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Beyond bean counting

TCS' CFO steered the behemoth as it made its largest acquisition even as growth declined, the rupee yo-yoed and customers disappeared. Pics of best CFOs

T.V. Mahalingam | Print Edition: May 2, 2010

Bar Milano opened its doors and North Italian menu to the well-heeled folks of New York in the first week of April, 2008. Located in Third Avenue of Manhattan, the restaurant was reviewed by the New York magazine as the kind of "casually elegant, darkly fashionable place... frequented by Kate Moss groupies and crowds of pencilthin gentlemen in Brioni suits." The critic trashed the pastas but strongly recommended an absinthe-laced cocktail, the Corpse Reviver No. 2.

Overall Winner and for Enhancing Competitiveness Through M&A

S. Mahalingam, CFO/ TCS

  • Background: Chartered Accountant, has worked with TCS since 1970.
  • Winning move in 2008-09: Steered TCS during tough times, helped the company make its largest ever acquisition (CGSL).
  • Challenge ahead: Mahalingam will have to ensure that TCS holds onto some of the cost efficiencies it has achieved in FY09, even as it grows in a reviving market.
  • Most likely to be heard saying: "Let's mail the appointment letters."
A vegetarian and teetotaler, Sethuraman Mahalingam is not a Brioni patron. Neither is he a Kate Moss acolyte. Those are not the reasons why the 62-year-old Chief Financial Officer (CFO) of Tata Consultancy Services (TCS) never got to dig a fashionable fork at the ravioli. Rather, in early January 2009, Mahalingam and his daughter, Anusha, were on their way to sample the restaurant's food. "My daughter, who was living in New York at that time, wanted to take me to the restaurant. When we went there, we found that the restaurant was no longer in business," recalls Mahalingam.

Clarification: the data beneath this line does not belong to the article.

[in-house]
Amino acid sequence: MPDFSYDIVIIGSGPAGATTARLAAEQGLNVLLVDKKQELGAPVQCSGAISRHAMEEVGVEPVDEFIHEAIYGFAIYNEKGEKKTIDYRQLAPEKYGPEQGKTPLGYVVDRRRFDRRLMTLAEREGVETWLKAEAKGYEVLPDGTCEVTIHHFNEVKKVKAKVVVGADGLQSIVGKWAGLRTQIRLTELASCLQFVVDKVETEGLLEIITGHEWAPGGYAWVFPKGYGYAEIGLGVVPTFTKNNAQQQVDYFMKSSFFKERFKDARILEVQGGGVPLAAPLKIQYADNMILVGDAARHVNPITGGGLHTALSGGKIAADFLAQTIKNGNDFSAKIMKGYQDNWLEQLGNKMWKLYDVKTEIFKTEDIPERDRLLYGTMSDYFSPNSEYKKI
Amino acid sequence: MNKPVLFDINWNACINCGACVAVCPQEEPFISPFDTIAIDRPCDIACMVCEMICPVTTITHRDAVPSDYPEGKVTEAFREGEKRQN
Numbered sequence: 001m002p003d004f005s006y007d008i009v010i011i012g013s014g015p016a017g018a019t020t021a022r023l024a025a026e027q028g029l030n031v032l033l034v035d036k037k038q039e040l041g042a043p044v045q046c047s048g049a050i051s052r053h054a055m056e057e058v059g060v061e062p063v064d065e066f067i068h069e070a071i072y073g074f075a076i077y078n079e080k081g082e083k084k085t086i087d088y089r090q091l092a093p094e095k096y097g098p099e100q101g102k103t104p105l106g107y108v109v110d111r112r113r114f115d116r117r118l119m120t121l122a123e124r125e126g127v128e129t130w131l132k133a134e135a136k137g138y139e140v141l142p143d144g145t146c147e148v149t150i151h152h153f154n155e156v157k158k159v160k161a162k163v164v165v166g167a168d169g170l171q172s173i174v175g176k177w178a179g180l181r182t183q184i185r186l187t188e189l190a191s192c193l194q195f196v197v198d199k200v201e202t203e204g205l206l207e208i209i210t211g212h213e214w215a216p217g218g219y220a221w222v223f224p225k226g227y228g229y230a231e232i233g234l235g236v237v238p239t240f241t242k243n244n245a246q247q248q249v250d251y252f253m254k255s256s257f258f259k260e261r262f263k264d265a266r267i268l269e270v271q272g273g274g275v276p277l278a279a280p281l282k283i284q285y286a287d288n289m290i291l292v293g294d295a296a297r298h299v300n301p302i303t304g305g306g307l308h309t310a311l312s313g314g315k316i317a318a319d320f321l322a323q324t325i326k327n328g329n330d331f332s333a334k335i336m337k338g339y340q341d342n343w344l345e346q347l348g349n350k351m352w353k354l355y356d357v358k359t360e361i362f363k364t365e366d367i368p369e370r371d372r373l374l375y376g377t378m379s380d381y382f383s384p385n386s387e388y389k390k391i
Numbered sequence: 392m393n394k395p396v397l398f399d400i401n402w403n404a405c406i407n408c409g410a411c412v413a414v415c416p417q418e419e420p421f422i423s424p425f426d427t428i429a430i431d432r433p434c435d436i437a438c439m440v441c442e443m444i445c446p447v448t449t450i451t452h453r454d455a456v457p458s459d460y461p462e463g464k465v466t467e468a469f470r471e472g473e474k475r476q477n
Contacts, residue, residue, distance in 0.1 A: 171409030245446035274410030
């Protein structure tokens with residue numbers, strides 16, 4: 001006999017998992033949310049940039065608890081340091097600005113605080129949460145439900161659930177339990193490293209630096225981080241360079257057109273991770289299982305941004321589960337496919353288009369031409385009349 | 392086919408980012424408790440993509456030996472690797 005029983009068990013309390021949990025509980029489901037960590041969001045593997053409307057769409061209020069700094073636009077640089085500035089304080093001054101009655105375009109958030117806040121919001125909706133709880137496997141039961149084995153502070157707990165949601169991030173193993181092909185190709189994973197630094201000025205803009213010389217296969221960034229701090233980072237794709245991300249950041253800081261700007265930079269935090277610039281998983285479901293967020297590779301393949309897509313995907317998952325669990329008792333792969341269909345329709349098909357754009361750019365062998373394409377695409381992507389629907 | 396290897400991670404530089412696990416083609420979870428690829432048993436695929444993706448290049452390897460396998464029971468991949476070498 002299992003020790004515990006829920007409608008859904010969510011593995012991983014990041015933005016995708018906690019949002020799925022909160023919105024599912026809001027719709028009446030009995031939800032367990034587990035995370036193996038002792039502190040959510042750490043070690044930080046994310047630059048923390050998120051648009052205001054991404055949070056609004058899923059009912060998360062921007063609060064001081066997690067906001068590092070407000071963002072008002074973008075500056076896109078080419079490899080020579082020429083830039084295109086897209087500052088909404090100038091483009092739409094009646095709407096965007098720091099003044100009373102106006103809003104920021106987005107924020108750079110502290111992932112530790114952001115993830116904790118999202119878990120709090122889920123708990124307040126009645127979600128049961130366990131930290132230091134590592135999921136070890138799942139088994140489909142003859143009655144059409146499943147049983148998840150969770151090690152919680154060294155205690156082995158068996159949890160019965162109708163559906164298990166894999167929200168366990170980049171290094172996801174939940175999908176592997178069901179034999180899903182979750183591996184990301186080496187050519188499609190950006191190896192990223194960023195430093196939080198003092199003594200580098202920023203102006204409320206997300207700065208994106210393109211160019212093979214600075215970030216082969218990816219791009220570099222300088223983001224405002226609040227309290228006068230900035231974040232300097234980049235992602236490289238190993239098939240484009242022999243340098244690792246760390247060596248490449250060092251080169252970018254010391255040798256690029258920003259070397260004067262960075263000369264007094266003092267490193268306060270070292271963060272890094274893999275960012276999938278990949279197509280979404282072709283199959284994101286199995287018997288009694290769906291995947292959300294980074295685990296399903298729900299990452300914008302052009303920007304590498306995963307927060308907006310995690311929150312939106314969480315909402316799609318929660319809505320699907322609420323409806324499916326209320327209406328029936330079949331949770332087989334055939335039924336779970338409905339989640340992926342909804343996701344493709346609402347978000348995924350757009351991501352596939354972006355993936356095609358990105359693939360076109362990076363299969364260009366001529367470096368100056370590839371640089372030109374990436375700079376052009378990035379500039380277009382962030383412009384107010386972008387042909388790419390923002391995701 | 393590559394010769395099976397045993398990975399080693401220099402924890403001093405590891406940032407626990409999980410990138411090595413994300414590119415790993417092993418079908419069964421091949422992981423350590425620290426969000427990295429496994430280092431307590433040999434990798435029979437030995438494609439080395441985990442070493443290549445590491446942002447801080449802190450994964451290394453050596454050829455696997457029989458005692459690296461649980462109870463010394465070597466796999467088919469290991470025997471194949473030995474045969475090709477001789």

"One day it was there. A few days later, it was not. If any proof was needed about the impact of Lehman on the economic scene in the US, this was it," adds Mahalingam, ensconced in his Raveline Street Office in the Fort area of South Mumbai. These days Mahalingam can draw comfort from the fact that the TCS scrip has been buzzing ever since the company forked out an advance tax of Rs 178 crore for the last quarter of the current fiscal, as compared to just Rs 53 crore a year ago. That's done its bit to help TCS edge past Bangalore rival Infosys on the market cap front (at the time of writing TCS' market cap stood at Rs 158,092.83 crore as against Infosys' Rs 153,290.27 crore).

A little under 14 months ago, it was a different story: TCS' market cap was at a 30 per cent discount to Infosys. For Mahalingam, the closed eatery in Manhattan will always be emblematic of the perfect storm that TCS had run into in mid-2008. The first sign of trouble came in March, when JP Morgan Chase bought distressed US investment bank Bear Stearns at a fire-sale price of $2 a share. Bear Stearns was a client of TCS, though not a large one. So the folks at TCS HQ didn't have any reason for sleepless nights. Not yet.

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